Sally Anne Lake to campsite by stream 17.79 miles 7:30-4:00
Marmots, Ground Hogs, and Grouse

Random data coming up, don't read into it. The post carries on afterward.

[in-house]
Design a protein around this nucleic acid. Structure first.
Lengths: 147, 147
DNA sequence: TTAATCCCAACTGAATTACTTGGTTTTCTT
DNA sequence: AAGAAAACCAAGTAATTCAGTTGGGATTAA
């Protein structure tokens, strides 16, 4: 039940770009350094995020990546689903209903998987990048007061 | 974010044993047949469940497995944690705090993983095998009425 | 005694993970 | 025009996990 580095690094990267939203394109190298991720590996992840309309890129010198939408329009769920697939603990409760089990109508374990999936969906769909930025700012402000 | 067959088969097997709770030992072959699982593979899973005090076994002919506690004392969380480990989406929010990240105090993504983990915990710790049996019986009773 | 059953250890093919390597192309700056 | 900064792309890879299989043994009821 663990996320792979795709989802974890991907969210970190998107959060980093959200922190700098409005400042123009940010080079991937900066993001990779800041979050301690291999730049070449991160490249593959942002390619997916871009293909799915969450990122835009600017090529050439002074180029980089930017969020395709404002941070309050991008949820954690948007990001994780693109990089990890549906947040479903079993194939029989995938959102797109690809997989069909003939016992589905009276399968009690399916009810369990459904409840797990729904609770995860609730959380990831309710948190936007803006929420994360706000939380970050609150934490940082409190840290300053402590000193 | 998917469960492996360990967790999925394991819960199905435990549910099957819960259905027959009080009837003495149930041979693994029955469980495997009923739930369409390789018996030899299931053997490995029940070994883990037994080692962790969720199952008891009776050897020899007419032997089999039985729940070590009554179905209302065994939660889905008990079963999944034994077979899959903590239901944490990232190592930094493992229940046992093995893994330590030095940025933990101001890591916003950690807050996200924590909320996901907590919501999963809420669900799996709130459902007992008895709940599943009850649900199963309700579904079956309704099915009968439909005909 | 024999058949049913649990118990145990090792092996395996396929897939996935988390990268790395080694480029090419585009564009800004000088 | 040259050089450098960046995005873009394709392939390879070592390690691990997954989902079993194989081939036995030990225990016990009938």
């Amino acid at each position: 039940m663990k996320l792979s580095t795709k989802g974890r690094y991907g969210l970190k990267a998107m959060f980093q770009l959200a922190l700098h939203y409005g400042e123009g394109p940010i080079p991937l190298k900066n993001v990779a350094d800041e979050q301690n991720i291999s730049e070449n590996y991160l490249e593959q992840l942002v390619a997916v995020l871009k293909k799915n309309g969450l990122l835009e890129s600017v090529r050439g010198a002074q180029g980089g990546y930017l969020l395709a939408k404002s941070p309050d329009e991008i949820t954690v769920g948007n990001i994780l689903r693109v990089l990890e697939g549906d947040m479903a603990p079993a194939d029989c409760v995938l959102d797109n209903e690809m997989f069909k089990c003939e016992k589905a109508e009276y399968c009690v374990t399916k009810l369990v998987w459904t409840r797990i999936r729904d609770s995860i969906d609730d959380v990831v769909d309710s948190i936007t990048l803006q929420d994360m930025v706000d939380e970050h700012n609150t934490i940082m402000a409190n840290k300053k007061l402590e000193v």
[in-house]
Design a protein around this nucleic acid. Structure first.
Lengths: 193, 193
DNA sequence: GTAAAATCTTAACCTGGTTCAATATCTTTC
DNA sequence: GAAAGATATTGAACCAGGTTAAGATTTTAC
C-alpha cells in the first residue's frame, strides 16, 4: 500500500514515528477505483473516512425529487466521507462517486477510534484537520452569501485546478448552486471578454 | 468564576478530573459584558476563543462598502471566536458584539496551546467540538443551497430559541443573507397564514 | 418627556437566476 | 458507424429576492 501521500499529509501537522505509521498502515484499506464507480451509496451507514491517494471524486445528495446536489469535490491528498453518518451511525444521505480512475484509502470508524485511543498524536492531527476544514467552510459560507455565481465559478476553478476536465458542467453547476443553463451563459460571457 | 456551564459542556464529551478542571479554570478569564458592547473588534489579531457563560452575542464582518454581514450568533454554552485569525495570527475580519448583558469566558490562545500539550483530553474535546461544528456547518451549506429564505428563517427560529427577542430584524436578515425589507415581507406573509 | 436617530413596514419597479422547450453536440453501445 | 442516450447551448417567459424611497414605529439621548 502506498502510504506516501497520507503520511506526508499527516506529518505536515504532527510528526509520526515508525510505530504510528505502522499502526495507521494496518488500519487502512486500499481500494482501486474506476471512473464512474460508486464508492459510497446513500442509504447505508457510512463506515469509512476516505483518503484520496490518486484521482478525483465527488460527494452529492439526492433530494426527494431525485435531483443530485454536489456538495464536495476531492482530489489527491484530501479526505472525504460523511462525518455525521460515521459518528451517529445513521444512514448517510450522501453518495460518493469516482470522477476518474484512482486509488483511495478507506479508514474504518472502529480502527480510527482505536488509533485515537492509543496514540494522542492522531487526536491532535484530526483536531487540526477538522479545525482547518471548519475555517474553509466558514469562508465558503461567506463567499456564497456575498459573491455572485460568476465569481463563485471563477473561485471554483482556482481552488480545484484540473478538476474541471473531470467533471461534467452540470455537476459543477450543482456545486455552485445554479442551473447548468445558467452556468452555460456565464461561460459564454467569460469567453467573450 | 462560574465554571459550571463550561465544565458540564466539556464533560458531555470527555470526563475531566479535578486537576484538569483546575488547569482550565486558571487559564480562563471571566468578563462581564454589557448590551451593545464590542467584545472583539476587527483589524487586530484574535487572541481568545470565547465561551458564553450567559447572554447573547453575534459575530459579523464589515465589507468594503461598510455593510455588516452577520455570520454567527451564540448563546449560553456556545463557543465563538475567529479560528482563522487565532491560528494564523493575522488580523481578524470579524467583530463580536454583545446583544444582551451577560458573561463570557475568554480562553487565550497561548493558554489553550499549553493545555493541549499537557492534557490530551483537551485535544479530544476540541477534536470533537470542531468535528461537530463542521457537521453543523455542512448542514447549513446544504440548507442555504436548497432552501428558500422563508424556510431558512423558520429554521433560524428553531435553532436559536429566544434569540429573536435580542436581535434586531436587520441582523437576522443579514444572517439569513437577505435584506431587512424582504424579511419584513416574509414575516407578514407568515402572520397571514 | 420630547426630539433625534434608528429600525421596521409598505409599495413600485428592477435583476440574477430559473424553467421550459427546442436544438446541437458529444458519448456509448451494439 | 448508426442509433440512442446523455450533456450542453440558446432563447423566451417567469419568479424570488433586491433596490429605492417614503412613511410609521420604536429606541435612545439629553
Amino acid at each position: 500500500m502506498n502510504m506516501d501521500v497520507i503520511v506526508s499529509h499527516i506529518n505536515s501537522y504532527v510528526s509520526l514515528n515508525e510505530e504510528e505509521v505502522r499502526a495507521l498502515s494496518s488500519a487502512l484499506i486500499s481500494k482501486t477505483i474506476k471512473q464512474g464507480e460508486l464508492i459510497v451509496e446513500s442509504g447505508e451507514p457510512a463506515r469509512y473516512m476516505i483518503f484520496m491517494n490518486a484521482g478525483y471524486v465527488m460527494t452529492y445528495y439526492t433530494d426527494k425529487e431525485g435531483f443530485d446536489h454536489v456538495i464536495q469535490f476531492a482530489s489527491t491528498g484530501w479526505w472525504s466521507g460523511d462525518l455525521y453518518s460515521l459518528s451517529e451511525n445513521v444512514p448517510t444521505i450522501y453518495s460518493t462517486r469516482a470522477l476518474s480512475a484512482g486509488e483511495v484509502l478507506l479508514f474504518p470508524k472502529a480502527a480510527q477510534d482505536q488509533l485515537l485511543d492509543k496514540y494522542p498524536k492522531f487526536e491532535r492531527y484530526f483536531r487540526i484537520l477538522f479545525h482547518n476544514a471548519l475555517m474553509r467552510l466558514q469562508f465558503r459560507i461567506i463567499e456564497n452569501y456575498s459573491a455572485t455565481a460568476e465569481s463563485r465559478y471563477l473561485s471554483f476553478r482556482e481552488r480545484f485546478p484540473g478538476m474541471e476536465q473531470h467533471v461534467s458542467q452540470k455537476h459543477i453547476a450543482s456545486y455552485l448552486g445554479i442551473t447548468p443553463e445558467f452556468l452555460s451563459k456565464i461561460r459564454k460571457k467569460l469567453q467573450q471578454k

It just keeps getting better. Day started with long traverses, we could see the trail ahead for miles across broad valleys. Once more, lots of blueberries. Kept getting closer to Glacier Peak, and saw many other ice capped peaks as well. Today was different in that we were on terrain that often resembled English moorland– with grouse, but not heather. Instead blueberries and lots of wild flowers. Ideal grouse habitat, and we scared up plenty and heard more. Also saw herds of marmots (what is the term for a group of marmots?) I’m not sure, but these silver gray critters look and act just like the groundhogs I grew up with in rural Virginia. They are fearless, sitting on hills watching us hike by. When we finally rounded the range we were traversing most of the day and came over a saddle –Red Pass–we saw this magnificent bowl shaped valley, upland moor habitat on one side (with plenty marmot/groundhogs ) and the other all rockslide, imposing. Later in the afternoon we made our way into a valley full of glacial streams, met some thru hikers–Crow and Ladybug–then wandered through huge forests and areas that resembled Maine, with large rounded boulders covered with deep coats of moss. Toward the end we stopped at a stream that looked like milk– so full of minerals. Earlier in the day we were talking with a women we met at a water source. Bennett had said in the Half Mile Guide, some of the streams were marked as silty, and she, meaning to say “it’s just glacial melt” said instead “glacial milk,” which turns out to be an apt description. Made camp up a draw near a glacial stream that was only a little milky, weary but smiling.